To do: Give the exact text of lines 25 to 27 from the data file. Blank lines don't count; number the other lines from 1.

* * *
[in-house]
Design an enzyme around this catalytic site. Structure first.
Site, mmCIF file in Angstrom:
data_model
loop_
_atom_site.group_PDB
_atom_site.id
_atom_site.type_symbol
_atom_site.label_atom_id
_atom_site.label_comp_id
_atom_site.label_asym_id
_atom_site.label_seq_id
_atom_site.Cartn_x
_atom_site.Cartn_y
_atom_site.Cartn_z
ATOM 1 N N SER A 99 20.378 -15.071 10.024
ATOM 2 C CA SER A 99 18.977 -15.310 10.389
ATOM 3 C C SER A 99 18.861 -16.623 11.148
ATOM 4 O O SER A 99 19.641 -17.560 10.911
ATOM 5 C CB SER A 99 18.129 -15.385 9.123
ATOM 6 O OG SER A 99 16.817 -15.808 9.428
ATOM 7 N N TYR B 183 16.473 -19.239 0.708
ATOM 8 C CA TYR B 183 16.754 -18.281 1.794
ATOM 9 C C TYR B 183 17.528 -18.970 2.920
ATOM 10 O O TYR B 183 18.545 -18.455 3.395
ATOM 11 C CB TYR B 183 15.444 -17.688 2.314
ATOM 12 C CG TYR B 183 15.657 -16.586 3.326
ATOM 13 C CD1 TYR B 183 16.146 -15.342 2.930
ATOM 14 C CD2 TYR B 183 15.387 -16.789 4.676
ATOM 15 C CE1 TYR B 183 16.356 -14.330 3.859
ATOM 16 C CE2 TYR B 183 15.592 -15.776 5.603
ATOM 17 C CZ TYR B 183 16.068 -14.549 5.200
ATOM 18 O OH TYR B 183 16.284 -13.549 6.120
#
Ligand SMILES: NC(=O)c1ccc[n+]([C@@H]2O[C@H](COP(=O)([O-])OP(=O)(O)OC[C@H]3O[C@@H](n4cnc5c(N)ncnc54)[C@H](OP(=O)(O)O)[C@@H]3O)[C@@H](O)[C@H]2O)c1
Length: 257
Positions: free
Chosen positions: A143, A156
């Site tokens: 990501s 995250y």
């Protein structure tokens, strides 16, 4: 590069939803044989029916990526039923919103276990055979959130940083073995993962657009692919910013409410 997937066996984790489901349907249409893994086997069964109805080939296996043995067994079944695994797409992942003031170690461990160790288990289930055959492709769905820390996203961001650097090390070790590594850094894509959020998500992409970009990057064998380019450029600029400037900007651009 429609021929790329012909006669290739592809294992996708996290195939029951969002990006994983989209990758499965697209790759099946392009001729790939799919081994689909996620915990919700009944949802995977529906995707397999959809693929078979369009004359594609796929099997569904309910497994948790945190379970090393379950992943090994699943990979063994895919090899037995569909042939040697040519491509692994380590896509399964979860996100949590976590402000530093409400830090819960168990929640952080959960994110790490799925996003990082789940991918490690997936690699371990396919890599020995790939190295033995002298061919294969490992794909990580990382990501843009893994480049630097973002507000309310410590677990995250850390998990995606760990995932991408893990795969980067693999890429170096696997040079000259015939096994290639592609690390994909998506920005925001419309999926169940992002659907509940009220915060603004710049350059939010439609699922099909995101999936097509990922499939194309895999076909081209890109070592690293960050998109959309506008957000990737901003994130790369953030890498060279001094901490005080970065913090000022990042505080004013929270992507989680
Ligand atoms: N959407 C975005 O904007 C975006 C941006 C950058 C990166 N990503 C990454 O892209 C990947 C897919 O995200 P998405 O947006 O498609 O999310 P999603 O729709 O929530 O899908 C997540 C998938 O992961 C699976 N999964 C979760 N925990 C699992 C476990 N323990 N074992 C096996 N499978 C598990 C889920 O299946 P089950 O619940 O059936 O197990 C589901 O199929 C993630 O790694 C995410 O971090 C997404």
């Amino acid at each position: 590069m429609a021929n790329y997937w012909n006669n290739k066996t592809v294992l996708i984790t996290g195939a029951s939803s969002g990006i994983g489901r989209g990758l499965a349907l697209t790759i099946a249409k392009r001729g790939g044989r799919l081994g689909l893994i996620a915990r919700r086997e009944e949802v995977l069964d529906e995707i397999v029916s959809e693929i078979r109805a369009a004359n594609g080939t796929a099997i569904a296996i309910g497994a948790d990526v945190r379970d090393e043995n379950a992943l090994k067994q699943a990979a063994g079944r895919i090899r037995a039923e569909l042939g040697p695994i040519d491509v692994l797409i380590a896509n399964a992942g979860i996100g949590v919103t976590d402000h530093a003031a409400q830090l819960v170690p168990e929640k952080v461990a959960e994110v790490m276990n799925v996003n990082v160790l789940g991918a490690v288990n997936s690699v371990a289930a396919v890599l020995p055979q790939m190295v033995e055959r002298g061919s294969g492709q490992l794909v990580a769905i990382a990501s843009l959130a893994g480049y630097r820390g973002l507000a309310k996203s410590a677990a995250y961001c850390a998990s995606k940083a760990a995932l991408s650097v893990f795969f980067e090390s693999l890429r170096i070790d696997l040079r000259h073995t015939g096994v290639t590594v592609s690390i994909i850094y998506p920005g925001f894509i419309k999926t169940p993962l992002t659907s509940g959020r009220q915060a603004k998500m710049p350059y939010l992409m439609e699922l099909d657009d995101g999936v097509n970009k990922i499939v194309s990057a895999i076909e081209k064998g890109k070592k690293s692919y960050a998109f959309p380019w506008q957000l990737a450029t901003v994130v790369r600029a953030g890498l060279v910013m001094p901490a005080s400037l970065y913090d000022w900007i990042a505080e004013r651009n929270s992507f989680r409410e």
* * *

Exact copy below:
ATOM 10 O O TYR B 183 18.545 -18.455 3.395
ATOM 11 C CB TYR B 183 15.444 -17.688 2.314
ATOM 12 C CG TYR B 183 15.657 -16.586 3.326